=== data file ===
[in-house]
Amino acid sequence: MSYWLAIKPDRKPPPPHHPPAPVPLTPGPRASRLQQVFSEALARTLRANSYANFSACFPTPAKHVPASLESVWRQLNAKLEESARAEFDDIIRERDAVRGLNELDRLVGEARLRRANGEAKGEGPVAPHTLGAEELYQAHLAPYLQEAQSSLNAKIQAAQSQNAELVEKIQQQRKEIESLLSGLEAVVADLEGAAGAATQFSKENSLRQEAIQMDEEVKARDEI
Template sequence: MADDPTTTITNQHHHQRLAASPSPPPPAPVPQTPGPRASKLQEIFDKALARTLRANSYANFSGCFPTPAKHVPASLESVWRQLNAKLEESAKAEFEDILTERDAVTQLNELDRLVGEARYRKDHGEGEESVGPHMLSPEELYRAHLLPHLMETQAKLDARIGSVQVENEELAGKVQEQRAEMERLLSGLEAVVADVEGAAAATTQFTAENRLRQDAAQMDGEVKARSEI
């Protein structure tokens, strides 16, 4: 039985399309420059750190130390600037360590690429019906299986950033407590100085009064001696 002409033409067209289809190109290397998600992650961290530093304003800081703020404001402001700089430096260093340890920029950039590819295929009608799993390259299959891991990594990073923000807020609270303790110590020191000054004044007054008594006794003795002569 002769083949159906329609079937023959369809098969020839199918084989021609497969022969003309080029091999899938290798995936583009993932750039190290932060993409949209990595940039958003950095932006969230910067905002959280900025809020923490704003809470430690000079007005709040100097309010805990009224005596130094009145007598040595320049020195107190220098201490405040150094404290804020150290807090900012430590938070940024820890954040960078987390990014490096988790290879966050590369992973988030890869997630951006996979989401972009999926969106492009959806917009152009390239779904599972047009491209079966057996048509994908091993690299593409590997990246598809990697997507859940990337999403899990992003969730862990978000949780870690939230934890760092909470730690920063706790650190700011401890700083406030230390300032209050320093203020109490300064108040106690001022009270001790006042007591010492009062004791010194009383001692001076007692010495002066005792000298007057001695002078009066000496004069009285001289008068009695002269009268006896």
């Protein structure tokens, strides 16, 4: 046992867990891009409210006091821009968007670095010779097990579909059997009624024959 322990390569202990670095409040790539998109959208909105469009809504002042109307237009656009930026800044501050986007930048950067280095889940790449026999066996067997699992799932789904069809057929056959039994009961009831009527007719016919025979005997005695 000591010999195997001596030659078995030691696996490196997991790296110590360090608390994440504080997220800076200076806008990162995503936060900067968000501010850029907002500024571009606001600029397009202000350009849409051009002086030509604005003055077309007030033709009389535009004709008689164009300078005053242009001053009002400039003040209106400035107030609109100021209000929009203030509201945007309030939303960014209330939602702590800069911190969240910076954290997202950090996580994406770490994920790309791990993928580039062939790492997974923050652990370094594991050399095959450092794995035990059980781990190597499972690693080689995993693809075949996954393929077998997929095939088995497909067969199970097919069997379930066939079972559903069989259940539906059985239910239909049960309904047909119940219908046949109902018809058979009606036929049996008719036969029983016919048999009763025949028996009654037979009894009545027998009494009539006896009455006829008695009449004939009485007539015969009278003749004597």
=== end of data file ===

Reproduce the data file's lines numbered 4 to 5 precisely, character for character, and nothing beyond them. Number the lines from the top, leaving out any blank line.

């Protein structure tokens, strides 16, 4: 039985399309420059750190130390600037360590690429019906299986950033407590100085009064001696 002409033409067209289809190109290397998600992650961290530093304003800081703020404001402001700089430096260093340890920029950039590819295929009608799993390259299959891991990594990073923000807020609270303790110590020191000054004044007054008594006794003795002569 002769083949159906329609079937023959369809098969020839199918084989021609497969022969003309080029091999899938290798995936583009993932750039190290932060993409949209990595940039958003950095932006969230910067905002959280900025809020923490704003809470430690000079007005709040100097309010805990009224005596130094009145007598040595320049020195107190220098201490405040150094404290804020150290807090900012430590938070940024820890954040960078987390990014490096988790290879966050590369992973988030890869997630951006996979989401972009999926969106492009959806917009152009390239779904599972047009491209079966057996048509994908091993690299593409590997990246598809990697997507859940990337999403899990992003969730862990978000949780870690939230934890760092909470730690920063706790650190700011401890700083406030230390300032209050320093203020109490300064108040106690001022009270001790006042007591010492009062004791010194009383001692001076007692010495002066005792000298007057001695002078009066000496004069009285001289008068009695002269009268006896």
């Protein structure tokens, strides 16, 4: 046992867990891009409210006091821009968007670095010779097990579909059997009624024959 322990390569202990670095409040790539998109959208909105469009809504002042109307237009656009930026800044501050986007930048950067280095889940790449026999066996067997699992799932789904069809057929056959039994009961009831009527007719016919025979005997005695 000591010999195997001596030659078995030691696996490196997991790296110590360090608390994440504080997220800076200076806008990162995503936060900067968000501010850029907002500024571009606001600029397009202000350009849409051009002086030509604005003055077309007030033709009389535009004709008689164009300078005053242009001053009002400039003040209106400035107030609109100021209000929009203030509201945007309030939303960014209330939602702590800069911190969240910076954290997202950090996580994406770490994920790309791990993928580039062939790492997974923050652990370094594991050399095959450092794995035990059980781990190597499972690693080689995993693809075949996954393929077998997929095939088995497909067969199970097919069997379930066939079972559903069989259940539906059985239910239909049960309904047909119940219908046949109902018809058979009606036929049996008719036969029983016919048999009763025949028996009654037979009894009545027998009494009539006896009455006829008695009449004939009485007539015969009278003749004597």